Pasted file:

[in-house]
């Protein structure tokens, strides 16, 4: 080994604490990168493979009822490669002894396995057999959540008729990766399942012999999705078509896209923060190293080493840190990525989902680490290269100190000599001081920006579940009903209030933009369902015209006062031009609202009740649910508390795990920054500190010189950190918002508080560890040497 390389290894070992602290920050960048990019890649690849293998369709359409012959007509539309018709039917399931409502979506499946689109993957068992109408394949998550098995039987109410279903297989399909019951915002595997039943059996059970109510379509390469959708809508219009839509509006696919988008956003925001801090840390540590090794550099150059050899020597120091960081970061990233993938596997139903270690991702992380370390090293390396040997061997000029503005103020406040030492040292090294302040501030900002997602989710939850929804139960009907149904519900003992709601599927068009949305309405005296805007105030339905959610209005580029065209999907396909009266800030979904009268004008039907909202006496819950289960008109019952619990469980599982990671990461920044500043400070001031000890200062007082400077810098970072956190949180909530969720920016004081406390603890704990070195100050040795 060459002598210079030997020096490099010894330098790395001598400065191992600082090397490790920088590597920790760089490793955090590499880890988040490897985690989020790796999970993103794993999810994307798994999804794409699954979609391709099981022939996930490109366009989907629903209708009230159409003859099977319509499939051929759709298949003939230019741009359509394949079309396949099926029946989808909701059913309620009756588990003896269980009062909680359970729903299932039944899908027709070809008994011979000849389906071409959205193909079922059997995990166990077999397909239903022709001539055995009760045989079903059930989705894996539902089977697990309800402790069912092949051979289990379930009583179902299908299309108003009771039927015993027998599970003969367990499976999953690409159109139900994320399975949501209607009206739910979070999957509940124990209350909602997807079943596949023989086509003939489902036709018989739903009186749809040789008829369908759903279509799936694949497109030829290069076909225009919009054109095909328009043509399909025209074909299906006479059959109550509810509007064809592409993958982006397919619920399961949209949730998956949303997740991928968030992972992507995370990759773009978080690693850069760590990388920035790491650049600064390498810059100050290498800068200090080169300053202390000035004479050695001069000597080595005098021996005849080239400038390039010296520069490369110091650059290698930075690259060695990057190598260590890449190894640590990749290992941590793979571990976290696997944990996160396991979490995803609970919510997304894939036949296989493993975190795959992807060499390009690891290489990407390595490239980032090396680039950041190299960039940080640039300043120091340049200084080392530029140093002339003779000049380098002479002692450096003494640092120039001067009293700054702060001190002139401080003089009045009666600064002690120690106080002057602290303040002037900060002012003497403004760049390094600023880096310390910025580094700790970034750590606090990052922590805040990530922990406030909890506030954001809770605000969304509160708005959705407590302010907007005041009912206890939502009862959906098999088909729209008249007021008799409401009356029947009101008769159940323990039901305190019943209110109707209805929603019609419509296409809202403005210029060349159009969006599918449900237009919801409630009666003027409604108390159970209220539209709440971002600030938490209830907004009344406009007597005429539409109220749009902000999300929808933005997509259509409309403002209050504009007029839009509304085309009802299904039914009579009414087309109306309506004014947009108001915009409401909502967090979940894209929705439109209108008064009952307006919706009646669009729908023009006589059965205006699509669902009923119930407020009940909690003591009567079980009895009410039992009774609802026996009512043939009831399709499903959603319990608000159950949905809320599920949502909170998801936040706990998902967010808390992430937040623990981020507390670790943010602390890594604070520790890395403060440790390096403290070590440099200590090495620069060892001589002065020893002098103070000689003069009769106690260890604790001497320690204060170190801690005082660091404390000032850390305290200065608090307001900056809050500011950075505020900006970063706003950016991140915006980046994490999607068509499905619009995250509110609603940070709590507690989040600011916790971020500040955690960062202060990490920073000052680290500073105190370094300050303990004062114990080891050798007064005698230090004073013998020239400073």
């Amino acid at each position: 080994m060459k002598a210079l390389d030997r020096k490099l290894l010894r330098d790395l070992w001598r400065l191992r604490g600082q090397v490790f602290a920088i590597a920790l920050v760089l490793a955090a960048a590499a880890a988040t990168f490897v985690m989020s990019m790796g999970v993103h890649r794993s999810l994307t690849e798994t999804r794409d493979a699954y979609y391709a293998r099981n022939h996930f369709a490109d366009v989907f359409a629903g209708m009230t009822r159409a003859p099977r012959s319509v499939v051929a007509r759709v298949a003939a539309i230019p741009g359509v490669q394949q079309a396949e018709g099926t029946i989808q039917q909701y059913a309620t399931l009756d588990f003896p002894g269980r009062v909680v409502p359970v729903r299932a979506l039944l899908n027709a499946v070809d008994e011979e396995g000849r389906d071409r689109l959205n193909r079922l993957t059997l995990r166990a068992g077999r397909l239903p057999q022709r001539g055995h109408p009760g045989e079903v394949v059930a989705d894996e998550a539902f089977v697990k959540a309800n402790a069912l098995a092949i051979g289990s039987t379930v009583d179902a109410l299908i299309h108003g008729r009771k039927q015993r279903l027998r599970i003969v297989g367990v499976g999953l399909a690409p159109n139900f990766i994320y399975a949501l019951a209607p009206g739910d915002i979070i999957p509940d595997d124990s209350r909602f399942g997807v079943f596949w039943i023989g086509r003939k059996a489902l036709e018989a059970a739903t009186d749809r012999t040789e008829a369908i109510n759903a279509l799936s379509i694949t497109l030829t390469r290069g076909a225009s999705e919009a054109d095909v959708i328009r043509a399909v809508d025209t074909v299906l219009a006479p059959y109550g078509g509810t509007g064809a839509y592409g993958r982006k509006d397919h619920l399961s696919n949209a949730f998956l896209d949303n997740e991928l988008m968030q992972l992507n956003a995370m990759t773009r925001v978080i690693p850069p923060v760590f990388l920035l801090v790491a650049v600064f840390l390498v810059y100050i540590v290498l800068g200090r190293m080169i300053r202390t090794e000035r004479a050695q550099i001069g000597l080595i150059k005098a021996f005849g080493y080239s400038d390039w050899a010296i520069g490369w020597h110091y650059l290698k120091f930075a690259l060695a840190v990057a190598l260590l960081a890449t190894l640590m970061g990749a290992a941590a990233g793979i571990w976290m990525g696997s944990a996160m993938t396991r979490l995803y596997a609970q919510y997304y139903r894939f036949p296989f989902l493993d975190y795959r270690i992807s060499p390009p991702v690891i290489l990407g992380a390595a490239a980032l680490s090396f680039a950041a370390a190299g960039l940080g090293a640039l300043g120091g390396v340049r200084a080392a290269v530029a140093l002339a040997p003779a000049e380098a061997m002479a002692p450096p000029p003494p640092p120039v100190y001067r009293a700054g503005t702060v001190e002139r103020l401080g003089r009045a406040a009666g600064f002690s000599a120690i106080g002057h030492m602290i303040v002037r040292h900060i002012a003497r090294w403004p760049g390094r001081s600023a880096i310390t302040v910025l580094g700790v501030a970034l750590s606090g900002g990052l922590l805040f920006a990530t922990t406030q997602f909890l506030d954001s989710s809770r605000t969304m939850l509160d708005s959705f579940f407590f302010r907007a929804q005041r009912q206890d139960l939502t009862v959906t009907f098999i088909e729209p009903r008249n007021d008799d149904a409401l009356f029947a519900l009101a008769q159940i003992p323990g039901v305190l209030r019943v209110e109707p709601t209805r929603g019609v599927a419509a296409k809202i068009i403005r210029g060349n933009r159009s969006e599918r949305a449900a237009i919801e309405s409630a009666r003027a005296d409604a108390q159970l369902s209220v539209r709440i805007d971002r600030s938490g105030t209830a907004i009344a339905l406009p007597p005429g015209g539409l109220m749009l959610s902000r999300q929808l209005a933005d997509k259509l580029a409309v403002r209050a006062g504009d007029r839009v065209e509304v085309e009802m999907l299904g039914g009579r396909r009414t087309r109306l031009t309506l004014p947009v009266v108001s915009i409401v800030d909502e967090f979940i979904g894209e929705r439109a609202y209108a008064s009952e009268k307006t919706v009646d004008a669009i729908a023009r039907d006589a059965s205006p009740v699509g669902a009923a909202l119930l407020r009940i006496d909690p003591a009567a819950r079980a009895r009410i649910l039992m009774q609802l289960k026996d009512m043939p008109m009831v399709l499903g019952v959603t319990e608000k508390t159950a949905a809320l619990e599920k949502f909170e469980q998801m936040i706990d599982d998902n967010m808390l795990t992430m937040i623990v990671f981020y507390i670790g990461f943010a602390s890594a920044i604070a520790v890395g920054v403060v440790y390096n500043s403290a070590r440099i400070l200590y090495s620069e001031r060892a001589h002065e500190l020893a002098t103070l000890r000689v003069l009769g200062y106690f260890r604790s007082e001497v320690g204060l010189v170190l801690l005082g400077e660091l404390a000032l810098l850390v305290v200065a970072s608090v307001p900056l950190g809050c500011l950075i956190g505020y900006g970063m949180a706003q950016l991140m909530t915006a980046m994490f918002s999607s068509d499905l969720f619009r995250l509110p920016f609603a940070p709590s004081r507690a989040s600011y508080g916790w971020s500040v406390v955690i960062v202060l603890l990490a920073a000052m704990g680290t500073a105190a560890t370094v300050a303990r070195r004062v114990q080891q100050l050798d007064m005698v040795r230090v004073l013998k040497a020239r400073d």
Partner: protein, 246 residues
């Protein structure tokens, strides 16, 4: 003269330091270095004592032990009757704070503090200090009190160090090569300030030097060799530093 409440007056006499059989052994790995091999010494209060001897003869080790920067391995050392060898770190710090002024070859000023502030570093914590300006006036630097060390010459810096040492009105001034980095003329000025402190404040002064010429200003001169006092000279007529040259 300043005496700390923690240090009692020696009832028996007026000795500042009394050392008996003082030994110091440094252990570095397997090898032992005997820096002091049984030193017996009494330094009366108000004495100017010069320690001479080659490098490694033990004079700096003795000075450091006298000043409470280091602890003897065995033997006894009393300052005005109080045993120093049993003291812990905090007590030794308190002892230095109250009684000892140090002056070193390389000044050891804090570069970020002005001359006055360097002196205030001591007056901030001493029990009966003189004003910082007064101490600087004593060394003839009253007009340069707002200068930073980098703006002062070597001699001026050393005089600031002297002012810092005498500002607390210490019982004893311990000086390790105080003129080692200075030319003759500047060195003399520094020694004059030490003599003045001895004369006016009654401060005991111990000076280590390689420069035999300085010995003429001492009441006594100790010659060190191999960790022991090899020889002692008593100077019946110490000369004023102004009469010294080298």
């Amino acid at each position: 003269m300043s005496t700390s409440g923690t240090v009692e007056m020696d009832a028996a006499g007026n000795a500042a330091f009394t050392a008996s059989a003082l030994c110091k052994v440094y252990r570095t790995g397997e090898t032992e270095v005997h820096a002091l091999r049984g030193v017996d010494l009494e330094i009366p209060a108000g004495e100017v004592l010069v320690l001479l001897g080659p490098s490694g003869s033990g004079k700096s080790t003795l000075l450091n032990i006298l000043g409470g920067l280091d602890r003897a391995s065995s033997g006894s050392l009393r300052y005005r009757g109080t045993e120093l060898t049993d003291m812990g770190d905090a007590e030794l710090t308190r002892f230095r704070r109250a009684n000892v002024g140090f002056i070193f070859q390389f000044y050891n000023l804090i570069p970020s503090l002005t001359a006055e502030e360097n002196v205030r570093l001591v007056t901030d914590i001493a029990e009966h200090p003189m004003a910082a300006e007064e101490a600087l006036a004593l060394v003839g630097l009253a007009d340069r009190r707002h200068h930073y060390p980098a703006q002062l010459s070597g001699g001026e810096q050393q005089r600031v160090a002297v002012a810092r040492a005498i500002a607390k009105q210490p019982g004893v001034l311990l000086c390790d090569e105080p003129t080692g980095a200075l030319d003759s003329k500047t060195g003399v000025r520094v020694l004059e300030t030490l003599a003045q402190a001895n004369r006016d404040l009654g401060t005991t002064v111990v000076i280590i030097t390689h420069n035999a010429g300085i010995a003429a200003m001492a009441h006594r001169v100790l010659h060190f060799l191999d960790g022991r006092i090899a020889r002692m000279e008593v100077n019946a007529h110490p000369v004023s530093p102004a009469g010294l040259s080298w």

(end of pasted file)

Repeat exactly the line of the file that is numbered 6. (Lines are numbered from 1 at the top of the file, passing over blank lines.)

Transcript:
């Amino acid at each position: 003269m300043s005496t700390s409440g923690t240090v009692e007056m020696d009832a028996a006499g007026n000795a500042a330091f009394t050392a008996s059989a003082l030994c110091k052994v440094y252990r570095t790995g397997e090898t032992e270095v005997h820096a002091l091999r049984g030193v017996d010494l009494e330094i009366p209060a108000g004495e100017v004592l010069v320690l001479l001897g080659p490098s490694g003869s033990g004079k700096s080790t003795l000075l450091n032990i006298l000043g409470g920067l280091d602890r003897a391995s065995s033997g006894s050392l009393r300052y005005r009757g109080t045993e120093l060898t049993d003291m812990g770190d905090a007590e030794l710090t308190r002892f230095r704070r109250a009684n000892v002024g140090f002056i070193f070859q390389f000044y050891n000023l804090i570069p970020s503090l002005t001359a006055e502030e360097n002196v205030r570093l001591v007056t901030d914590i001493a029990e009966h200090p003189m004003a910082a300006e007064e101490a600087l006036a004593l060394v003839g630097l009253a007009d340069r009190r707002h200068h930073y060390p980098a703006q002062l010459s070597g001699g001026e810096q050393q005089r600031v160090a002297v002012a810092r040492a005498i500002a607390k009105q210490p019982g004893v001034l311990l000086c390790d090569e105080p003129t080692g980095a200075l030319d003759s003329k500047t060195g003399v000025r520094v020694l004059e300030t030490l003599a003045q402190a001895n004369r006016d404040l009654g401060t005991t002064v111990v000076i280590i030097t390689h420069n035999a010429g300085i010995a003429a200003m001492a009441h006594r001169v100790l010659h060190f060799l191999d960790g022991r006092i090899a020889r002692m000279e008593v100077n019946a007529h110490p000369v004023s530093p102004a009469g010294l040259s080298w």